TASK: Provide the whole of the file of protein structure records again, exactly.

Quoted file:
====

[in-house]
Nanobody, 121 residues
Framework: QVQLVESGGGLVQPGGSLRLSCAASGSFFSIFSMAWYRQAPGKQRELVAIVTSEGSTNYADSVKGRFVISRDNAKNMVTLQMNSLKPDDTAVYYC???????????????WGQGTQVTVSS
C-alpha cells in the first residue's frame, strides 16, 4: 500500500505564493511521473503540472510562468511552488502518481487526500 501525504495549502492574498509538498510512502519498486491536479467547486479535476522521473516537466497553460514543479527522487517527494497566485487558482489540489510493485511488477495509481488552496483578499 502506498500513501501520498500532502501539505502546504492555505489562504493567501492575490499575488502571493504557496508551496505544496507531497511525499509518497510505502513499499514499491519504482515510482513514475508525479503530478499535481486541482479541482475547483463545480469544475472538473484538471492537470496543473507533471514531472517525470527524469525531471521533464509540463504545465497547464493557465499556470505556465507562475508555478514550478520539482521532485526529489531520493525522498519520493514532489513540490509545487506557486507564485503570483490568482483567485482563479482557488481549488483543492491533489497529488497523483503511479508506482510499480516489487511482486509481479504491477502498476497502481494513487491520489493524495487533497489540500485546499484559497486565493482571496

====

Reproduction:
[in-house]
Nanobody, 121 residues
Framework: QVQLVESGGGLVQPGGSLRLSCAASGSFFSIFSMAWYRQAPGKQRELVAIVTSEGSTNYADSVKGRFVISRDNAKNMVTLQMNSLKPDDTAVYYC???????????????WGQGTQVTVSS
C-alpha cells in the first residue's frame, strides 16, 4: 500500500505564493511521473503540472510562468511552488502518481487526500 501525504495549502492574498509538498510512502519498486491536479467547486479535476522521473516537466497553460514543479527522487517527494497566485487558482489540489510493485511488477495509481488552496483578499 502506498500513501501520498500532502501539505502546504492555505489562504493567501492575490499575488502571493504557496508551496505544496507531497511525499509518497510505502513499499514499491519504482515510482513514475508525479503530478499535481486541482479541482475547483463545480469544475472538473484538471492537470496543473507533471514531472517525470527524469525531471521533464509540463504545465497547464493557465499556470505556465507562475508555478514550478520539482521532485526529489531520493525522498519520493514532489513540490509545487506557486507564485503570483490568482483567485482563479482557488481549488483543492491533489497529488497523483503511479508506482510499480516489487511482486509481479504491477502498476497502481494513487491520489493524495487533497489540500485546499484559497486565493482571496